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Why can’t Descendants of Prophet Isaac and Prophet Ishmael Can Live Together Peacefully?

If the descendants of Prophet Isaac and Prophet Ishmael negotiate a settlement that reflects the religious policy that “…there is no sin upon them if they make terms of settlement between them – and settlement [reconciliation] is best.” (Quran 4: 128)

Word For Peace

Rabbis Ron Kronish and Allen S. Maller

Why can’t Descendants of Prophet Isaac and Prophet Ishmael Can Live Together Peacefully?Every year Jews in synagogues worldwide read Genesis chapters 21 and 22 on the first and second days of Rosh Hashanah; the Jewish New Year Festival.

Rabbi Kronish writes: “On these very special days we read about Prophet Ishmael as well as Prophet Isaac. Reading about the patriarch of the Arab people is part of our Jewish tradition because these foundational events are essential to our identity as Jews and Chapter 21—the story of the birth and banishment of Ishmael—establishes our Jewish connection to God’s non-Jewish children.

God saw Ishmael was about to die and the text tells us the God of the Hebrew Bible hears the voice of all children, including Ishmael, in their suffering and misery, as well as in their joyous and hopeful moments.

After these events we next hear about Ishmael a few chapters later, when Prophet Isaac and Prophet Ishmael meet again (Genesis 25:9) at the funeral of their father Abraham. Islamic and Jewish tradition both agree that Prophet Abraham visited Prophet Ishmael’s distant home on at least two different occasions to make sure that his family relationships were suitable. These pre and post funeral reconciliations would be why the Torah’s describes Abraham as ‘contented’ in his old age.

Can we see this as a very good model for family reconciliations [today by] forgiving old hurts? And can it also become a model for the descendants of Prophet Isaac and Prophet Ishmael, contemporary Arabs and Israeli Jews, to find the grounds to attain post military funerals, forgiveness and reconciliation?

Rabbi Kronish’s answer is Yes. “But Jews and Muslims have to overcome some deeply ingrained negative stereotypes of each other. Some of this comes from our understanding –or purposeful misunderstanding — of our sacred texts, which can be very problematic and often lead to negative stereotyping. It is time to choose reconciliation rather than retribution between Jews and Muslims in this world. The time for enmity is over.”

And I would add to the words of Rabbi Kronish that everyone knows how important fasting during Ramadan, and daily worship and prayer are in Islam; but few know that Islam considers reconciling people better than many acts of worship.

Prophet Muhammad said: “Should I not tell you what is better in degree than prayer, fasting, and charity.” They (the companions) said: “Yes.” He said: “Reconciling people, because grudges and disputes are a razor (that shaves off faith).” (Ahmad, Abu Dawood, and At-Tirmithi)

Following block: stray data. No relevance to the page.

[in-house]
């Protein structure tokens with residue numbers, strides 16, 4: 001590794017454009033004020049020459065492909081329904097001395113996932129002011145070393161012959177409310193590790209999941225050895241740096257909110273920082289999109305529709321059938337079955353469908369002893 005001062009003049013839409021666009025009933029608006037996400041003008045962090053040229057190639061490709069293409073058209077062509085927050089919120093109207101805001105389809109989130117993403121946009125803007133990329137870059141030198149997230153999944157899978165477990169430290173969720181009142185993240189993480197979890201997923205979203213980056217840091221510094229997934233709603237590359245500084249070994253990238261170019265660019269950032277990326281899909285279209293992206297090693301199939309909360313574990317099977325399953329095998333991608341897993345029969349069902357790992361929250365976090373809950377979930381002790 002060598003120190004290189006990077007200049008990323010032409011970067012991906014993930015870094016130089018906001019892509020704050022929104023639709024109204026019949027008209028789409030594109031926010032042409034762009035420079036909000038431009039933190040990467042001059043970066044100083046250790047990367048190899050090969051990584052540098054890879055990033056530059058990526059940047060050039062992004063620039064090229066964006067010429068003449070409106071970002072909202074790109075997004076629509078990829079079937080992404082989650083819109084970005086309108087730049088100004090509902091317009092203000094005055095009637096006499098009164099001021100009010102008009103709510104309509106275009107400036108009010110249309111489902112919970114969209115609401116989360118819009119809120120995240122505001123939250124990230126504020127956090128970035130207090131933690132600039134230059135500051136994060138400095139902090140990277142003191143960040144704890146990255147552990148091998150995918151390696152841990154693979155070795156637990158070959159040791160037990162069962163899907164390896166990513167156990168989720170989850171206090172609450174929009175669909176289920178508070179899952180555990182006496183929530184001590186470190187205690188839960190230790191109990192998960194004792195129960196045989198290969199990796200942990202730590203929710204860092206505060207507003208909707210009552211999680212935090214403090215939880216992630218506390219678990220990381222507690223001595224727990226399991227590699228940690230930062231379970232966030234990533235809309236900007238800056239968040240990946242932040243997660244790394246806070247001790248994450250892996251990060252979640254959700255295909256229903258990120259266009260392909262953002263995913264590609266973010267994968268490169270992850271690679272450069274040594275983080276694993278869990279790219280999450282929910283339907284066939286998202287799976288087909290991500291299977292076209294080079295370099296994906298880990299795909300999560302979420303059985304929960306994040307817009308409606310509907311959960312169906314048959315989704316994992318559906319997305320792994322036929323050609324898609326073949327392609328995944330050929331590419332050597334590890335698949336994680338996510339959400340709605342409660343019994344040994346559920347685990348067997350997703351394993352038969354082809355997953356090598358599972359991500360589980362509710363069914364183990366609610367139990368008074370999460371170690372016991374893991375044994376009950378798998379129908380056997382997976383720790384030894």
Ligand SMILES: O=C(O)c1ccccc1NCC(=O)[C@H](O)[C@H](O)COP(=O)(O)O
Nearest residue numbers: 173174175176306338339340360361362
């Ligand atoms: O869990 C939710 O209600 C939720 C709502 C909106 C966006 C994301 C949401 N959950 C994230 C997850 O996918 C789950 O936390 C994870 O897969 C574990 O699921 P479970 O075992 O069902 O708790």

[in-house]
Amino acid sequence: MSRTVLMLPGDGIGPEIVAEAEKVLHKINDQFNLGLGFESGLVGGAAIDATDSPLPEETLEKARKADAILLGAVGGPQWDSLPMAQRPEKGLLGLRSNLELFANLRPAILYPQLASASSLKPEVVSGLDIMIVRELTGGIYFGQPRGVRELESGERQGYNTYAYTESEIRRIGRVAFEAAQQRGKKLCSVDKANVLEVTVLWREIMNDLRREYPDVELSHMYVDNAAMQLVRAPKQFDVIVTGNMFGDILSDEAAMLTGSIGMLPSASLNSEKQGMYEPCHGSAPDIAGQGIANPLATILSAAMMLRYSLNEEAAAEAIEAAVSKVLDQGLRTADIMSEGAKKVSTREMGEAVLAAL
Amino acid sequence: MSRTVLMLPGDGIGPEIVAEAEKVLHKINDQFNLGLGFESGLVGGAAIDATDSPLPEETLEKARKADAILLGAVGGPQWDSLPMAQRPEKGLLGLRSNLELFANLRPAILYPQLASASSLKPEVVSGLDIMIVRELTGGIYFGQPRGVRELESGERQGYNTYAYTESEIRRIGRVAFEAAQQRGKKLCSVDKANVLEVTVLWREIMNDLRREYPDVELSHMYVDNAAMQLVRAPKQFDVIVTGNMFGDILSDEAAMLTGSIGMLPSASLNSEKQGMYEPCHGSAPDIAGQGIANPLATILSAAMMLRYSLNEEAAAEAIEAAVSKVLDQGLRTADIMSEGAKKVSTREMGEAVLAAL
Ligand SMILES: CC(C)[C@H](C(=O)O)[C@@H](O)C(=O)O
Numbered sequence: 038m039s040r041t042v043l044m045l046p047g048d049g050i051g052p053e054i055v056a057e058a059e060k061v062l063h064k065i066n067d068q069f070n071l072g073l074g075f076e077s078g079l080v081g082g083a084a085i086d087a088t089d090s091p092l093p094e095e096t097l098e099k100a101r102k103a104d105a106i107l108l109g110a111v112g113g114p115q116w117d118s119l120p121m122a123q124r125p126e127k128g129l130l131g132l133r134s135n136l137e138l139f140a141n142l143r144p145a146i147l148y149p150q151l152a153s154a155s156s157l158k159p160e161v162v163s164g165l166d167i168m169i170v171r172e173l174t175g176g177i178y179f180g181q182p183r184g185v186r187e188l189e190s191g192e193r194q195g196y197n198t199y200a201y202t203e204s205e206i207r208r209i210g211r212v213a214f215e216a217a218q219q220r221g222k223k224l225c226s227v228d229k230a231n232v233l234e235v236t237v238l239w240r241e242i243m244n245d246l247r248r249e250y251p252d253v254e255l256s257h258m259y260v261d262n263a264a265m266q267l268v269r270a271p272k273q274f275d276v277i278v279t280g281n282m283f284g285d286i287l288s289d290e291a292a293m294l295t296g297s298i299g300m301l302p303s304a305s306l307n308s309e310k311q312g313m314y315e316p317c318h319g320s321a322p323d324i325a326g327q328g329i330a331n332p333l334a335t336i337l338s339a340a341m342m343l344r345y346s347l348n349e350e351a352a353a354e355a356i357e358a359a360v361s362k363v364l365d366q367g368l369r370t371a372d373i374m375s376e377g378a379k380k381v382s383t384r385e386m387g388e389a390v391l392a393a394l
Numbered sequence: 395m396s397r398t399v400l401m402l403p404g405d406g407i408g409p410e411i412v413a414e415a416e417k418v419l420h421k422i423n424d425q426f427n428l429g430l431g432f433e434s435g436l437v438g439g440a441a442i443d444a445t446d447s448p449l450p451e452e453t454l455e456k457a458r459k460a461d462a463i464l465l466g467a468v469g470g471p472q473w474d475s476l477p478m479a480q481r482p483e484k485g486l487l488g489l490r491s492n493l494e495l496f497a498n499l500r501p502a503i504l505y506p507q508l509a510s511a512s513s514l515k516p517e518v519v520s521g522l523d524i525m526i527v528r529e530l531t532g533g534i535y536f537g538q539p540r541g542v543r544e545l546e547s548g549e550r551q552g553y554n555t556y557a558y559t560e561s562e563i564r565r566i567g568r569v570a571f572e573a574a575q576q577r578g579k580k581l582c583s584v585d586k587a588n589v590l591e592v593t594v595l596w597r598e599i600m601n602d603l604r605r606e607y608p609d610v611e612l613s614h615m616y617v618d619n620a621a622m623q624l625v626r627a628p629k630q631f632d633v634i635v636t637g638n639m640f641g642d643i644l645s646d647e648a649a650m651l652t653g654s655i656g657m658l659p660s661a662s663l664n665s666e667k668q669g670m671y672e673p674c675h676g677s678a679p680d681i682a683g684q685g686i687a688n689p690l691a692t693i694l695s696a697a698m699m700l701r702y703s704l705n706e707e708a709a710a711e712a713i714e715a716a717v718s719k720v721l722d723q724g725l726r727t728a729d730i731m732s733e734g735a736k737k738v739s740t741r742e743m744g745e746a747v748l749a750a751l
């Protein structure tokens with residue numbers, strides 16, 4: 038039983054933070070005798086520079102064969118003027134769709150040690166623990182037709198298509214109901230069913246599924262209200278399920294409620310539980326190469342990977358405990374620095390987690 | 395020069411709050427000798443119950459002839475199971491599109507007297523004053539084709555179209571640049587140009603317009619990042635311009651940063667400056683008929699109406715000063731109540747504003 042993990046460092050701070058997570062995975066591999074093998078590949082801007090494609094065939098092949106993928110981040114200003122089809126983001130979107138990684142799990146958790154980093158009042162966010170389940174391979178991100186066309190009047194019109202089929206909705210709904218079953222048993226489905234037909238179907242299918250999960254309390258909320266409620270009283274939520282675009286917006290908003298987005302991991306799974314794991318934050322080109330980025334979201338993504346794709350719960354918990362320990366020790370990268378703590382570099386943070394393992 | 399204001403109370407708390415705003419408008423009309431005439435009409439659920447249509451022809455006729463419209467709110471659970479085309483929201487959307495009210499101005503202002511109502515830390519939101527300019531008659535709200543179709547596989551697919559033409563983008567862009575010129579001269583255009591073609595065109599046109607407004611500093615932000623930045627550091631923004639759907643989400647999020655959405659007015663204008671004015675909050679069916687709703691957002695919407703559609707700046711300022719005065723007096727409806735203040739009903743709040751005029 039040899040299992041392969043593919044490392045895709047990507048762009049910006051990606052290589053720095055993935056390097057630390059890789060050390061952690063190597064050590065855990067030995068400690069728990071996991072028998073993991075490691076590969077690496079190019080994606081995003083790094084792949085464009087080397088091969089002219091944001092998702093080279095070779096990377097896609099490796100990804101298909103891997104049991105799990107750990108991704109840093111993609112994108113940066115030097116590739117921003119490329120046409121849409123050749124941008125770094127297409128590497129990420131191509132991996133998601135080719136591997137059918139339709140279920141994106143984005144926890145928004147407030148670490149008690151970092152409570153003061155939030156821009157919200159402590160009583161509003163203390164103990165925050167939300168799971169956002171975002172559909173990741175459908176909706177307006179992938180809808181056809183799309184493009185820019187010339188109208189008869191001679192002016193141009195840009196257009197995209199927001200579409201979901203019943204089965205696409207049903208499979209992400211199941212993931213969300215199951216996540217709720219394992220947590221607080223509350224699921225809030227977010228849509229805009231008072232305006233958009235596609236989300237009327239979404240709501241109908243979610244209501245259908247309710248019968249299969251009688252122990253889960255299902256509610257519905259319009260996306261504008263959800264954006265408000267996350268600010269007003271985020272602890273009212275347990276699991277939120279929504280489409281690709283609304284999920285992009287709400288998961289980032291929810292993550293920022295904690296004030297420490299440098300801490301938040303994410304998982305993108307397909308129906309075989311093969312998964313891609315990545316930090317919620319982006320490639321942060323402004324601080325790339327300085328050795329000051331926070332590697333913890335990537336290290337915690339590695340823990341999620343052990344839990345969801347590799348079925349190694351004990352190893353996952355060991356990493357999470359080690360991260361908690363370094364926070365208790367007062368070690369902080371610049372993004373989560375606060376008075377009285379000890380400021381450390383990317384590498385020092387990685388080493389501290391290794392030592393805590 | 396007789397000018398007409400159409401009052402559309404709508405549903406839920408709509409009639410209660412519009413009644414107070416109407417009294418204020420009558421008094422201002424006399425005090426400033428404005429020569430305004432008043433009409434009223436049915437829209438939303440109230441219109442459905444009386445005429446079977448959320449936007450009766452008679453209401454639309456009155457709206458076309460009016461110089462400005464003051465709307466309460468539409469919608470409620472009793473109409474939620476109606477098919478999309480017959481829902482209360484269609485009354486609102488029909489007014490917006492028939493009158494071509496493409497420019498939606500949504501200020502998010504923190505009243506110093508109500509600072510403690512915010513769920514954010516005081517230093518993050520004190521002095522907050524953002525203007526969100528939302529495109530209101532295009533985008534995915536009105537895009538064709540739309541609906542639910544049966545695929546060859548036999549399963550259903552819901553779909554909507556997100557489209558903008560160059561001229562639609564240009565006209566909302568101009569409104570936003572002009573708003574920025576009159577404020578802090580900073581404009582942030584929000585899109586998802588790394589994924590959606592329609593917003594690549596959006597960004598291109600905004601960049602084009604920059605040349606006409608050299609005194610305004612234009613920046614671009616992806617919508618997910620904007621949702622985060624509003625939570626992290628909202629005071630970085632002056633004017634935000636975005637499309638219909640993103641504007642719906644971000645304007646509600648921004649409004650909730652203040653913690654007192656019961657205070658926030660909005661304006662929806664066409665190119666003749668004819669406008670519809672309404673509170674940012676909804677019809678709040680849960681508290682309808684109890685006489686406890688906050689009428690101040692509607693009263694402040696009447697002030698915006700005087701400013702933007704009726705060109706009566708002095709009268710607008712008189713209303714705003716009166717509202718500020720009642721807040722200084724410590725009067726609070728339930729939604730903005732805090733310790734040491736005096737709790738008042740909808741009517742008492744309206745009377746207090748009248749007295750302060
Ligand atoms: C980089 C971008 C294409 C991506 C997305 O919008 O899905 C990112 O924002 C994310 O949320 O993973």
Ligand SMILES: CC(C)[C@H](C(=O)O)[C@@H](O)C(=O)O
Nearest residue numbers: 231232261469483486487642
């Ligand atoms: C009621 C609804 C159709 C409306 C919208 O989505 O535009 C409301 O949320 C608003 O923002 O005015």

Even more amazing the Prophet said: “The one who reconciles people is not considered a liar if he exaggerates what is good or says what is good.” [Ahmad]

This is an excellent guide to dealing with the three-generation old Israeli-Palestinian conflict. Rather than focusing mostly on what the other side did to us, we all should focus on how the conflict has hurt all of us, and how much better our future would be if we could live next to each other in peace.

If the descendants of Prophet Isaac and Prophet Ishmael negotiate a settlement that reflects the religious policy that “…there is no sin upon them if they make terms of settlement between them – and settlement [reconciliation] is best.” (Quran 4: 128)

And in Jewish tradition family harmony is of such importance that a midrash states that the goal even warrants engaging in a “white lie”. When God tells Sarah she will give birth to a son, she says: “After I am waxed old shall I have pleasure, my husband being old also?” But when God speaks to Abraham, God says: “Why did Sarah say, ‘Will I really have a child, now that I am old?” (Genesis: 18:12-13).

The rabbis comment that God omitted Sarah’s mention of Abraham’s even older age out of concern for their family harmony. And the Sages of the school of Hillel taught that one can praise the beauty of a bride even though she is not very pretty.

The Messenger of Allah said: “He is not a liar who seeks to reconcile between people and says [only] good things.” (al-Bukhaari, 2490)

If we follow these teachings we will bring closer the 2500 year old vision:“In that day there will be a highway from Egypt to Assyria. The Assyrians will go to Egypt, and the Egyptians to Assyria. The Egyptians and Assyrians will worship together. In that day Israel will join a three-party alliance with Egypt and Assyria, a blessing upon the heart. The LORD of Hosts will bless them saying, “Blessed be Egypt My people, Assyria My handiwork, and Israel My inheritance.”…(Isaiah 19:23-5)

Rabbi Dr Ron Kronish is the Founding Director the Inter-religious Coordinating Council in Israel (ICCI), which he directed for 25 years. His new book, The Other Peace Process: Inter-religious Dialogue, a View from Jerusalem, was published by Hamilton Books, an imprint of Rowman and LIttlefield, in September 2017.

Allen S. Maller is an ordained Reform Rabbi who retired in 2006 after 39 years as Rabbi of Temple Akiba in Los Angeles, California. His web site is: www.rabbimaller.com. Rabbi Maller blogs in the Times of Israel. His 2017 book is: ’Judaism and Islam as Synergistic Monotheisms: A Reform Rabbi’s Reflections on the Profound Connectedness of Islam and Judaism’ (31 articles previously published by Islamic web sites).

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